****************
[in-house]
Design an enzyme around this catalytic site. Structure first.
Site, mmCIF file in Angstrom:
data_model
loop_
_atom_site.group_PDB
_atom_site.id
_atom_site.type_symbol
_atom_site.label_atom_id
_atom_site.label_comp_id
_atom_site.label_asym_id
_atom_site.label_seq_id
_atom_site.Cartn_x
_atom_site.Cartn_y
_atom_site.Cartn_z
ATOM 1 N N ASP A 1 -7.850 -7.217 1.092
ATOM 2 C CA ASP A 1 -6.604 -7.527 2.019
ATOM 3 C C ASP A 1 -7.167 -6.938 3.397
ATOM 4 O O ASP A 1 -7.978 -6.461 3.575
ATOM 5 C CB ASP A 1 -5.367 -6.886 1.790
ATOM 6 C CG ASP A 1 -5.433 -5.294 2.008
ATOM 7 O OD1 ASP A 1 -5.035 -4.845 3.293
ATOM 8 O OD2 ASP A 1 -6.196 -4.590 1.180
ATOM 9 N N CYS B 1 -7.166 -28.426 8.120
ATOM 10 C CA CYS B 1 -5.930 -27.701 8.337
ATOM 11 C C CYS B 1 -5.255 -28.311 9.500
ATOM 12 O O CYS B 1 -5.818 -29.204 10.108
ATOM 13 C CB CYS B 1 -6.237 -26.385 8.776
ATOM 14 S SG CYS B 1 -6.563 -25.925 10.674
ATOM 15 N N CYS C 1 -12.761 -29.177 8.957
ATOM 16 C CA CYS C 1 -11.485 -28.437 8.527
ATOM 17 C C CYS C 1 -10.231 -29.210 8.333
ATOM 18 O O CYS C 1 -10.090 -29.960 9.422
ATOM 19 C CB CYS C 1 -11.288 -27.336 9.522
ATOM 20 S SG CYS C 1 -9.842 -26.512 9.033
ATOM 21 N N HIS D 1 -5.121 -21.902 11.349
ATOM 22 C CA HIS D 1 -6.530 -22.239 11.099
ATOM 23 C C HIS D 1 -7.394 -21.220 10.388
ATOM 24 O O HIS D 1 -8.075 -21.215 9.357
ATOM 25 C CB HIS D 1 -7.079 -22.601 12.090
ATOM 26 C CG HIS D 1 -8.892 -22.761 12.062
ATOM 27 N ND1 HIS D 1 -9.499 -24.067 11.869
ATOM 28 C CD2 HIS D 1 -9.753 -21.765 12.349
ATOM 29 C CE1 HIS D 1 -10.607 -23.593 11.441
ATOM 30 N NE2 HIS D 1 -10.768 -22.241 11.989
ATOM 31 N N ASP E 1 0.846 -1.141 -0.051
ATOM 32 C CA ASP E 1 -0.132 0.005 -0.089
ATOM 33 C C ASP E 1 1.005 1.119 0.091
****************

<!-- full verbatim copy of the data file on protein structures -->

[in-house]
Design an enzyme around this catalytic site. Structure first.
Site, mmCIF file in Angstrom:
data_model
loop_
_atom_site.group_PDB
_atom_site.id
_atom_site.type_symbol
_atom_site.label_atom_id
_atom_site.label_comp_id
_atom_site.label_asym_id
_atom_site.label_seq_id
_atom_site.Cartn_x
_atom_site.Cartn_y
_atom_site.Cartn_z
ATOM 1 N N ASP A 1 -7.850 -7.217 1.092
ATOM 2 C CA ASP A 1 -6.604 -7.527 2.019
ATOM 3 C C ASP A 1 -7.167 -6.938 3.397
ATOM 4 O O ASP A 1 -7.978 -6.461 3.575
ATOM 5 C CB ASP A 1 -5.367 -6.886 1.790
ATOM 6 C CG ASP A 1 -5.433 -5.294 2.008
ATOM 7 O OD1 ASP A 1 -5.035 -4.845 3.293
ATOM 8 O OD2 ASP A 1 -6.196 -4.590 1.180
ATOM 9 N N CYS B 1 -7.166 -28.426 8.120
ATOM 10 C CA CYS B 1 -5.930 -27.701 8.337
ATOM 11 C C CYS B 1 -5.255 -28.311 9.500
ATOM 12 O O CYS B 1 -5.818 -29.204 10.108
ATOM 13 C CB CYS B 1 -6.237 -26.385 8.776
ATOM 14 S SG CYS B 1 -6.563 -25.925 10.674
ATOM 15 N N CYS C 1 -12.761 -29.177 8.957
ATOM 16 C CA CYS C 1 -11.485 -28.437 8.527
ATOM 17 C C CYS C 1 -10.231 -29.210 8.333
ATOM 18 O O CYS C 1 -10.090 -29.960 9.422
ATOM 19 C CB CYS C 1 -11.288 -27.336 9.522
ATOM 20 S SG CYS C 1 -9.842 -26.512 9.033
ATOM 21 N N HIS D 1 -5.121 -21.902 11.349
ATOM 22 C CA HIS D 1 -6.530 -22.239 11.099
ATOM 23 C C HIS D 1 -7.394 -21.220 10.388
ATOM 24 O O HIS D 1 -8.075 -21.215 9.357
ATOM 25 C CB HIS D 1 -7.079 -22.601 12.090
ATOM 26 C CG HIS D 1 -8.892 -22.761 12.062
ATOM 27 N ND1 HIS D 1 -9.499 -24.067 11.869
ATOM 28 C CD2 HIS D 1 -9.753 -21.765 12.349
ATOM 29 C CE1 HIS D 1 -10.607 -23.593 11.441
ATOM 30 N NE2 HIS D 1 -10.768 -22.241 11.989
ATOM 31 N N ASP E 1 0.846 -1.141 -0.051
ATOM 32 C CA ASP E 1 -0.132 0.005 -0.089
ATOM 33 C C ASP E 1 1.005 1.119 0.091